Then, in case you've forgotten it, the audition scene from Flashdance (only the first 2:30 are relevant here):

Finally, Carlton's answer to it:

Friday, October 12, 2007

Right On Al!

Dear American People Who (More or Less) Elected the Current Occupant:
  • Your guy called his war on terrorism a crusade, jump-starting the dissipation of worldwide sympathy and support for America five days after the airliners hit the towers. (FYI, the Muslims do in fact remember the last time the West tried one of those. Just in case you thought it had slipped their minds.)
  • Our guy is crusading to, quite literally, save the world. Or at least anyone vulnerable to rising oceans, crop failures, massive refugee migrations, and the resulting wars. He probably isn't going to do much for the gated-estate crowd, as their money insulates them from these little whoopsies. Which is odd, since he has enough geld to shut out the world if he wanted to, instead of busting his ass trying to better it.

  • Your guy did a "heckuva job" letting an American seaside city drown.
  • Our guy has spent years working to keep cities all over the world from drowning.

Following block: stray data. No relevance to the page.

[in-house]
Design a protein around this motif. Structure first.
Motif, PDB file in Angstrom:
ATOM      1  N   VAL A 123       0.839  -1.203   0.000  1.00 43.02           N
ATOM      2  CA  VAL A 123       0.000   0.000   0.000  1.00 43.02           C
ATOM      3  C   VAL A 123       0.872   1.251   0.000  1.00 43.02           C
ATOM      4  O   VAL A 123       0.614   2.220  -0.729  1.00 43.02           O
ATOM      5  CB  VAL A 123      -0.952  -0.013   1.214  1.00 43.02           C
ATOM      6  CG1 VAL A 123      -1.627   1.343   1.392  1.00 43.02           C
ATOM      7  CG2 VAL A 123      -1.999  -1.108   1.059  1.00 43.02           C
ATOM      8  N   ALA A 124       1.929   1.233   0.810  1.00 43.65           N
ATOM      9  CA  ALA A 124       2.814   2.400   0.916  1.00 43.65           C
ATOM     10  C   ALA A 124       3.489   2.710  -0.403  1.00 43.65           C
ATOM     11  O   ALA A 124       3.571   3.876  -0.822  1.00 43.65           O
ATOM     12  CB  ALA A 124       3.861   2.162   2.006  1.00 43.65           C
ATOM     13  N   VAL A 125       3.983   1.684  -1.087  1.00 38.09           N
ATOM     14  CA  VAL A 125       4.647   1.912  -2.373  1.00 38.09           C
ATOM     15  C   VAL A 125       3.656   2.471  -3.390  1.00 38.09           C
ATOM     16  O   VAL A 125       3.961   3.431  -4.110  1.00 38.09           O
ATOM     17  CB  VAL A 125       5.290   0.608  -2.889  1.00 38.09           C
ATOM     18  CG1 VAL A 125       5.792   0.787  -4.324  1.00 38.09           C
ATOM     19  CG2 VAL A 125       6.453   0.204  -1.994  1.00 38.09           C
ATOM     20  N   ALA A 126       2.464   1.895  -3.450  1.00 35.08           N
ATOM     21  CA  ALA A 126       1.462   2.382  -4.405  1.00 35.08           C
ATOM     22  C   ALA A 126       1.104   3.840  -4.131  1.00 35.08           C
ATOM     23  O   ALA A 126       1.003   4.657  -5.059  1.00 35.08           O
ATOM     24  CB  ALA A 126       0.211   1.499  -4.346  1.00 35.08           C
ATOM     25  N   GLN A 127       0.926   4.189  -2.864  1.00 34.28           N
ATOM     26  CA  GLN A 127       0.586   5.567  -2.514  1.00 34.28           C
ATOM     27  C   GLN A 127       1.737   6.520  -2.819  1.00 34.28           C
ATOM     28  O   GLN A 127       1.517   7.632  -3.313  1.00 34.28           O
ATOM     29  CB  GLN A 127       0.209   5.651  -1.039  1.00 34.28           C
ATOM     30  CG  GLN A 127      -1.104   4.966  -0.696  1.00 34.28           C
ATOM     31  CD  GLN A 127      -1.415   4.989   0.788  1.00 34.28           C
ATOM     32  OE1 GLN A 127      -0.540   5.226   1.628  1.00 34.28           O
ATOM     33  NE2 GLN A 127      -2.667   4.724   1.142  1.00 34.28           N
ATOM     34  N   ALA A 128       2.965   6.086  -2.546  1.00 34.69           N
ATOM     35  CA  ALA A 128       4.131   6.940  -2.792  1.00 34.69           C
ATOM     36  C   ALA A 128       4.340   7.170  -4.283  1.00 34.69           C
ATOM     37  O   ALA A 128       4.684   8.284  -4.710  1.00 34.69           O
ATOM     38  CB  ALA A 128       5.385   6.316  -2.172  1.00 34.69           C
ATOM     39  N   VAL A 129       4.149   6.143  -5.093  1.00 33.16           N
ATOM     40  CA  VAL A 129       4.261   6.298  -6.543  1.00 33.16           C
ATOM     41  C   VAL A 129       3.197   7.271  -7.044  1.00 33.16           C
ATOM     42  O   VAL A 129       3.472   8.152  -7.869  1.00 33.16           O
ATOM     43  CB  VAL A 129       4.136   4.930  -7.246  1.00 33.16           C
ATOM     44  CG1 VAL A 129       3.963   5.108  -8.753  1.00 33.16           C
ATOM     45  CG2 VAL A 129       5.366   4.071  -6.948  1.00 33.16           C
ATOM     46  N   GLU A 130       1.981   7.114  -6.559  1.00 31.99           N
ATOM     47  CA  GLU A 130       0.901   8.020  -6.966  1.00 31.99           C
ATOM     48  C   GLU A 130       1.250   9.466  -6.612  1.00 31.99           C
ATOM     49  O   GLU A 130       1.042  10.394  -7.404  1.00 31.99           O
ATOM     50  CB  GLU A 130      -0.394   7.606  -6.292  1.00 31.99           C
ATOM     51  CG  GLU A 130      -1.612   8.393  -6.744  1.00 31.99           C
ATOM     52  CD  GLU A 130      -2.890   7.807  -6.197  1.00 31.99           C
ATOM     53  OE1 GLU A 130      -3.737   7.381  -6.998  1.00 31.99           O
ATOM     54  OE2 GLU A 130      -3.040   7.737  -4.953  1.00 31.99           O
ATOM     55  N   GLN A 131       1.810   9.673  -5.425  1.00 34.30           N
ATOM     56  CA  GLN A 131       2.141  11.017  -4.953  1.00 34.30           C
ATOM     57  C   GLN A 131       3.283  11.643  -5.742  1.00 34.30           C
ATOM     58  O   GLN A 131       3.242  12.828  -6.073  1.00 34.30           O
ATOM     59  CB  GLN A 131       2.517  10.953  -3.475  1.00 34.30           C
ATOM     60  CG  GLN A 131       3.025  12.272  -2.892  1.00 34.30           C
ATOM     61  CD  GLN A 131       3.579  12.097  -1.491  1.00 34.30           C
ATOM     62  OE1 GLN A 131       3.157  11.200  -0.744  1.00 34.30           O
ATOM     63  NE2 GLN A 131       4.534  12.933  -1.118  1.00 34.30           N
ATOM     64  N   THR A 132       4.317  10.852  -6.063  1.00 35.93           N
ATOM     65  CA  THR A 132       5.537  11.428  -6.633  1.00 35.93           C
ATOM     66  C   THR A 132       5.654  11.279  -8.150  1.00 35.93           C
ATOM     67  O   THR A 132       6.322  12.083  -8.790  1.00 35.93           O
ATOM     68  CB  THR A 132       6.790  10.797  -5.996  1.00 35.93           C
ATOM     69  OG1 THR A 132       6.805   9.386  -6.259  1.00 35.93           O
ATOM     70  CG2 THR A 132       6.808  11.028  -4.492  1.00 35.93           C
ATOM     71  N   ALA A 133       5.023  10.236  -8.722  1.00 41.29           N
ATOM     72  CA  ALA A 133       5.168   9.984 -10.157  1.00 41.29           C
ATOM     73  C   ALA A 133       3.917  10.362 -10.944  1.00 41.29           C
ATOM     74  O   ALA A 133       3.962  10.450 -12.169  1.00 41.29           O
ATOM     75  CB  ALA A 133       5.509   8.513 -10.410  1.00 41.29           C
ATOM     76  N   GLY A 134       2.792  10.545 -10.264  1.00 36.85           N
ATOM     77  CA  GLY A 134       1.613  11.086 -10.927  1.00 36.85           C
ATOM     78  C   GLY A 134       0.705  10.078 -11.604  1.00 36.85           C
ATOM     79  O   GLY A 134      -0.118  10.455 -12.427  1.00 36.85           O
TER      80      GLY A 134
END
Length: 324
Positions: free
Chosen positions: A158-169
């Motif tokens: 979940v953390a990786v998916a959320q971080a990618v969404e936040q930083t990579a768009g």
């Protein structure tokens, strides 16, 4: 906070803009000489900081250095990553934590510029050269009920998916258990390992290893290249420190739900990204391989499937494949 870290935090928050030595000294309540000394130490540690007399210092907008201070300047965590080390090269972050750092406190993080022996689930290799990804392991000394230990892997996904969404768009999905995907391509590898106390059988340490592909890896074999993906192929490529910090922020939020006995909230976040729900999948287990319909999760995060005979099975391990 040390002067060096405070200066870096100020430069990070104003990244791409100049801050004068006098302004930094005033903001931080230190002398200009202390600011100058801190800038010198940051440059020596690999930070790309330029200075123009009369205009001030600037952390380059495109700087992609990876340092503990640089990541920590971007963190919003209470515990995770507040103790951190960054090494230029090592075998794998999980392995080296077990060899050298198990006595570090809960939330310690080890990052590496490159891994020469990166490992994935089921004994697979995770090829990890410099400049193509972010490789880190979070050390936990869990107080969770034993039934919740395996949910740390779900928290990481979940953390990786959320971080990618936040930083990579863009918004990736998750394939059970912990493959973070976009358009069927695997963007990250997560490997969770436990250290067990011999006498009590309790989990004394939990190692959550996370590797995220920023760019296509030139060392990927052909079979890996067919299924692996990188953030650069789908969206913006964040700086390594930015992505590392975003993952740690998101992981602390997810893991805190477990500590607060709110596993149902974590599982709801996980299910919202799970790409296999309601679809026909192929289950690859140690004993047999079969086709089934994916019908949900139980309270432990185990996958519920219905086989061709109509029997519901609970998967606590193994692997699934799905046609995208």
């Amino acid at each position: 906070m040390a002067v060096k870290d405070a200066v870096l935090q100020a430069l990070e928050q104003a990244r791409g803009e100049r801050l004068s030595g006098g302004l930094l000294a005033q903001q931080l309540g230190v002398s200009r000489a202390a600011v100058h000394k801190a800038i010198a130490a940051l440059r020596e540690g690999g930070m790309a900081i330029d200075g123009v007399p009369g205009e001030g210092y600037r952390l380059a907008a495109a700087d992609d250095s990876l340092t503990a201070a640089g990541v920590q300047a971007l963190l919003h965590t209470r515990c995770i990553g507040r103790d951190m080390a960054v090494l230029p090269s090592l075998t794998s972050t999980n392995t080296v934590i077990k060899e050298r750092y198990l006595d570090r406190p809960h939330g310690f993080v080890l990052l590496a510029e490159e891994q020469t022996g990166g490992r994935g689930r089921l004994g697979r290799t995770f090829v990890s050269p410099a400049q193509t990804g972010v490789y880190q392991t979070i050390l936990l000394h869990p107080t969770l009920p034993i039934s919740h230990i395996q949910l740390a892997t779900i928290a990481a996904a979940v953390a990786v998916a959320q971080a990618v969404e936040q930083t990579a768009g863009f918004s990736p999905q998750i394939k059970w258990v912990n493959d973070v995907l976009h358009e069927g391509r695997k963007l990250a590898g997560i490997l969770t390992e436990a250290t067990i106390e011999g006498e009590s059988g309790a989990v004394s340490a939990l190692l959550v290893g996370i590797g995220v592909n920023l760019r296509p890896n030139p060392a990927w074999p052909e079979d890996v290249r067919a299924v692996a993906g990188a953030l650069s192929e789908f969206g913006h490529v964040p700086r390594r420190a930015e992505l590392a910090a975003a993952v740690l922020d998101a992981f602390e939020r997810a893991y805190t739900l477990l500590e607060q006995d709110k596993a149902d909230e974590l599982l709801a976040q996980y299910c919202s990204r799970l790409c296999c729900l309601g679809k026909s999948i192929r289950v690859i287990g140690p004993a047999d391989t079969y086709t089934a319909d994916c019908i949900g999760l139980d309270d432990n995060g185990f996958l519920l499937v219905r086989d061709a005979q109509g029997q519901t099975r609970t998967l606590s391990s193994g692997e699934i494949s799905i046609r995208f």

• Your guy started a war of aggression and lied about his reasons for it. (Since the Taliban were hiding and abetting Osama, I'm giving him a pass on the initial foray into Afghanistan and attempting to kick their odious butts. I supported it at the time, and I won't pretend now that I didn't.)
  • Our guy warned you in 2002 that invading Iraq would be a complete quagmire. Quelle suprise! It's a complete quagmire.

  • Your guy famously shoves his foot in his mouth every time he opens it.
  • Our guy's documentary won an Academy Award in part because he's charming, witty, erudite, eloquent, and right.

  • Your guy has been busily building a police state based partly on tapping the Internet which
  • Our guy, while never claiming to have invented it, was a key force in making happen (as acknowledged by Vint Cerf and Bob Kahn, two of its major pioneers, in 2000).

  • Your guy started two wars and appears to be losing both of them, destroying our worldwide credibility and much of our military in the process.
  • Our guy won the Nobel Peace Prize this morning.

  • Your guy's minions and minders slandered, ridiculed, and shamelessly lied about our guy.
  • Our guy, among other stand-up moments, publicly declined to contest the extremely dubious results of the 2000 election, saying in part,
Now the U.S. Supreme Court has spoken. Let there be no doubt, while I strongly disagree with the court's decision, I accept it. I accept the finality of this outcome which will be ratified next Monday in the Electoral College. And tonight, for the sake of our unity of the people and the strength of our democracy, I offer my concession. I also accept my responsibility, which I will discharge unconditionally, to honor the new president elect and do everything possible to help him bring Americans together in fulfillment of the great vision that our Declaration of Independence defines and that our Constitution affirms and defends.